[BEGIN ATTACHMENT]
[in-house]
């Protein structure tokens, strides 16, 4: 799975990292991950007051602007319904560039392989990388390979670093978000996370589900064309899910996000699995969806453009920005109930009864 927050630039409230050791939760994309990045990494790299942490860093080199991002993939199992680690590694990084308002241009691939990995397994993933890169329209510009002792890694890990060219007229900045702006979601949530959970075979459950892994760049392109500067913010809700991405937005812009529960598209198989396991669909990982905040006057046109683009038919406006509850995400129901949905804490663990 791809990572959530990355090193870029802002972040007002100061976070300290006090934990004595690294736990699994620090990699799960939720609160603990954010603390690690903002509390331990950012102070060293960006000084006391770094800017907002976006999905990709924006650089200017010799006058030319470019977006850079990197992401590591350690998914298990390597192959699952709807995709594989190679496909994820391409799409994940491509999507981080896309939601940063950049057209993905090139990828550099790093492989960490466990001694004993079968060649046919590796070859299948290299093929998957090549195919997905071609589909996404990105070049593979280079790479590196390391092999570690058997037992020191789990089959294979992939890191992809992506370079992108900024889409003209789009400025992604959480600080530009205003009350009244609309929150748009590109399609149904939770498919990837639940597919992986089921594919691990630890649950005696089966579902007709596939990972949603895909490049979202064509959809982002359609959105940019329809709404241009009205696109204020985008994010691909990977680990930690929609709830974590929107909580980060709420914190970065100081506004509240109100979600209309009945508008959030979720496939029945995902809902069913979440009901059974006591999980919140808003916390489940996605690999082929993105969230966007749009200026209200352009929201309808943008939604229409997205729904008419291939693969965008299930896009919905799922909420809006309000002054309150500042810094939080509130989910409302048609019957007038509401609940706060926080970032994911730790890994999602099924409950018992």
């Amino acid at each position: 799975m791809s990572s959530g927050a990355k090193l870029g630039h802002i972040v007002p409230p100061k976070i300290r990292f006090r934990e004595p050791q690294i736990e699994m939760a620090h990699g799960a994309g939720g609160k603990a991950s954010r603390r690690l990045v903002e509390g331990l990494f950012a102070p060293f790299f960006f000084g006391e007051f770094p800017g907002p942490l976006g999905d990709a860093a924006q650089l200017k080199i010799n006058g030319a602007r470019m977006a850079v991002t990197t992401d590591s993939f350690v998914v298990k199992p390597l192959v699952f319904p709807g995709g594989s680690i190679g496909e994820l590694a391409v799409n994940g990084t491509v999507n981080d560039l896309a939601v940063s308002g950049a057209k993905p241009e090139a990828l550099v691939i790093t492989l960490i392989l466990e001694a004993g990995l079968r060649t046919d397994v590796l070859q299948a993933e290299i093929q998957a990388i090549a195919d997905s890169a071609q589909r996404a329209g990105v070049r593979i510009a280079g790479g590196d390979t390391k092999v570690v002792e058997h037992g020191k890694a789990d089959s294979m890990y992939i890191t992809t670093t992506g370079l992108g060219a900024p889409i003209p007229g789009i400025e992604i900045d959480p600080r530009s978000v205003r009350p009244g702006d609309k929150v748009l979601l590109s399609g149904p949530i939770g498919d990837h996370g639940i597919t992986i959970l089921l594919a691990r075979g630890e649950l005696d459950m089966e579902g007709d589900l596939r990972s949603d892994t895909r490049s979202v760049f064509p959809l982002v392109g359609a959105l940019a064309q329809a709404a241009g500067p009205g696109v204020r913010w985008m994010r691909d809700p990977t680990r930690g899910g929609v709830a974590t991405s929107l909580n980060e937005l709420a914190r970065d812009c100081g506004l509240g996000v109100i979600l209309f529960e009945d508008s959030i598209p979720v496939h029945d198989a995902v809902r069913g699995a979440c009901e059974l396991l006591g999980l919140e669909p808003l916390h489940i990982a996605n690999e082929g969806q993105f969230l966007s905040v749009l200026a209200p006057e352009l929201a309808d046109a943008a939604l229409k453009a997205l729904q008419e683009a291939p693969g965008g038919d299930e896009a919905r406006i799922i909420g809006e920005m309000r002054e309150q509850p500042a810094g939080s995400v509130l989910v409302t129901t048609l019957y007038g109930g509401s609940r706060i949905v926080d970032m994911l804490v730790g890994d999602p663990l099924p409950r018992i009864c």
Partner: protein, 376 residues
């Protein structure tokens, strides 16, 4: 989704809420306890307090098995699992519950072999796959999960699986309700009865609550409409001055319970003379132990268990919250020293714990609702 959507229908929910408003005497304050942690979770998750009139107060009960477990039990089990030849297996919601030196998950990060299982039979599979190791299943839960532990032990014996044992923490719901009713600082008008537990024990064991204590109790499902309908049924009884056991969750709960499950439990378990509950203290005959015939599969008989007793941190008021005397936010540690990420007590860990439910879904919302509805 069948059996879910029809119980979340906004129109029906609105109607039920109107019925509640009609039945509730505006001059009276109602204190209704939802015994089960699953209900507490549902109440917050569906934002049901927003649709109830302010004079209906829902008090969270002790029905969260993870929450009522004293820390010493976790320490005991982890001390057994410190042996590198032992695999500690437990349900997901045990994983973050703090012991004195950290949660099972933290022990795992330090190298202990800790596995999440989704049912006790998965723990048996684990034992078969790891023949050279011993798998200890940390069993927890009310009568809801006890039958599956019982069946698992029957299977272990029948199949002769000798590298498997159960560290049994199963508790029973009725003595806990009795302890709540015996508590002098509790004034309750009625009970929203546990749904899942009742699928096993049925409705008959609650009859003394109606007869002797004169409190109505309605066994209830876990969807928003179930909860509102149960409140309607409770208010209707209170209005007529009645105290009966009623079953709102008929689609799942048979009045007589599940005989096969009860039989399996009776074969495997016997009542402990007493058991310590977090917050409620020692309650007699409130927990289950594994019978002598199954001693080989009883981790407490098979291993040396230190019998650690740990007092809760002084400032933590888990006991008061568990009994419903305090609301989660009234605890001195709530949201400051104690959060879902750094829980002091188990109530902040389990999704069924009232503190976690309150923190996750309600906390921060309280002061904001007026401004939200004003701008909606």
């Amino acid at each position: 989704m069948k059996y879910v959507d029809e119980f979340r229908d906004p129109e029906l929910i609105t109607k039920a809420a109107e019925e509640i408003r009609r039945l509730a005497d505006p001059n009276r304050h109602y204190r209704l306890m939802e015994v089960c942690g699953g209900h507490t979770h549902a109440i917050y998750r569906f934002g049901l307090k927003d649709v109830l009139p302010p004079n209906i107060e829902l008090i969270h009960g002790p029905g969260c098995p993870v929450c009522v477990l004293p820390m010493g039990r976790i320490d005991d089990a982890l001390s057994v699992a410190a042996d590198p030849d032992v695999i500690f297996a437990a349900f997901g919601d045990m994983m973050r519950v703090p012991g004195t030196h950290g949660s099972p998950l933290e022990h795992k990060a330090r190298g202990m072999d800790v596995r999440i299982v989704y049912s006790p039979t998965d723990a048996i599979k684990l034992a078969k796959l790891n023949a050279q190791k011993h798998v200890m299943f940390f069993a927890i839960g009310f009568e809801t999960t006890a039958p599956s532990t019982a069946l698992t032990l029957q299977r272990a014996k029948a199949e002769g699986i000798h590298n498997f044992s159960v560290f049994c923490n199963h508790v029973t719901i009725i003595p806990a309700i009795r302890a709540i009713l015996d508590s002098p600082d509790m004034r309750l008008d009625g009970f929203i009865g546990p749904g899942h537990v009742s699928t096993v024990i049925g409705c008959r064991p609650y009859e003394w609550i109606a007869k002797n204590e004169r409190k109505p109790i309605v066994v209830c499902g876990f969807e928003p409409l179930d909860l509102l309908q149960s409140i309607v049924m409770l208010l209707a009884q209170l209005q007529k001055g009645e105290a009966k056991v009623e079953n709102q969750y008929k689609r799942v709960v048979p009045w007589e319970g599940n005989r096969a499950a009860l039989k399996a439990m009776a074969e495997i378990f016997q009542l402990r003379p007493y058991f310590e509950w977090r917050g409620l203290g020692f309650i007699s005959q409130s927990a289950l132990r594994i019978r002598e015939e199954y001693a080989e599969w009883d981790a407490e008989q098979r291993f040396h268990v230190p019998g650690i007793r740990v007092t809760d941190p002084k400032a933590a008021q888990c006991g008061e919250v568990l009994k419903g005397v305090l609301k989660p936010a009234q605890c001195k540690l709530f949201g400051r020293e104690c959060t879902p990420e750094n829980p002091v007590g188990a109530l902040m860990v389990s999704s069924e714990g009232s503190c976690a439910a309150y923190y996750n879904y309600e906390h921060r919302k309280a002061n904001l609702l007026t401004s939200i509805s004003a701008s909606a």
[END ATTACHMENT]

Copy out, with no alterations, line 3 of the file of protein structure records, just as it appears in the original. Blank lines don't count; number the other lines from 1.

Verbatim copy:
């Amino acid at each position: 799975m791809s990572s959530g927050a990355k090193l870029g630039h802002i972040v007002p409230p100061k976070i300290r990292f006090r934990e004595p050791q690294i736990e699994m939760a620090h990699g799960a994309g939720g609160k603990a991950s954010r603390r690690l990045v903002e509390g331990l990494f950012a102070p060293f790299f960006f000084g006391e007051f770094p800017g907002p942490l976006g999905d990709a860093a924006q650089l200017k080199i010799n006058g030319a602007r470019m977006a850079v991002t990197t992401d590591s993939f350690v998914v298990k199992p390597l192959v699952f319904p709807g995709g594989s680690i190679g496909e994820l590694a391409v799409n994940g990084t491509v999507n981080d560039l896309a939601v940063s308002g950049a057209k993905p241009e090139a990828l550099v691939i790093t492989l960490i392989l466990e001694a004993g990995l079968r060649t046919d397994v590796l070859q299948a993933e290299i093929q998957a990388i090549a195919d997905s890169a071609q589909r996404a329209g990105v070049r593979i510009a280079g790479g590196d390979t390391k092999v570690v002792e058997h037992g020191k890694a789990d089959s294979m890990y992939i890191t992809t670093t992506g370079l992108g060219a900024p889409i003209p007229g789009i400025e992604i900045d959480p600080r530009s978000v205003r009350p009244g702006d609309k929150v748009l979601l590109s399609g149904p949530i939770g498919d990837h996370g639940i597919t992986i959970l089921l594919a691990r075979g630890e649950l005696d459950m089966e579902g007709d589900l596939r990972s949603d892994t895909r490049s979202v760049f064509p959809l982002v392109g359609a959105l940019a064309q329809a709404a241009g500067p009205g696109v204020r913010w985008m994010r691909d809700p990977t680990r930690g899910g929609v709830a974590t991405s929107l909580n980060e937005l709420a914190r970065d812009c100081g506004l509240g996000v109100i979600l209309f529960e009945d508008s959030i598209p979720v496939h029945d198989a995902v809902r069913g699995a979440c009901e059974l396991l006591g999980l919140e669909p808003l916390h489940i990982a996605n690999e082929g969806q993105f969230l966007s905040v749009l200026a209200p006057e352009l929201a309808d046109a943008a939604l229409k453009a997205l729904q008419e683009a291939p693969g965008g038919d299930e896009a919905r406006i799922i909420g809006e920005m309000r002054e309150q509850p500042a810094g939080s995400v509130l989910v409302t129901t048609l019957y007038g109930g509401s609940r706060i949905v926080d970032m994911l804490v730790g890994d999602p663990l099924p409950r018992i009864c």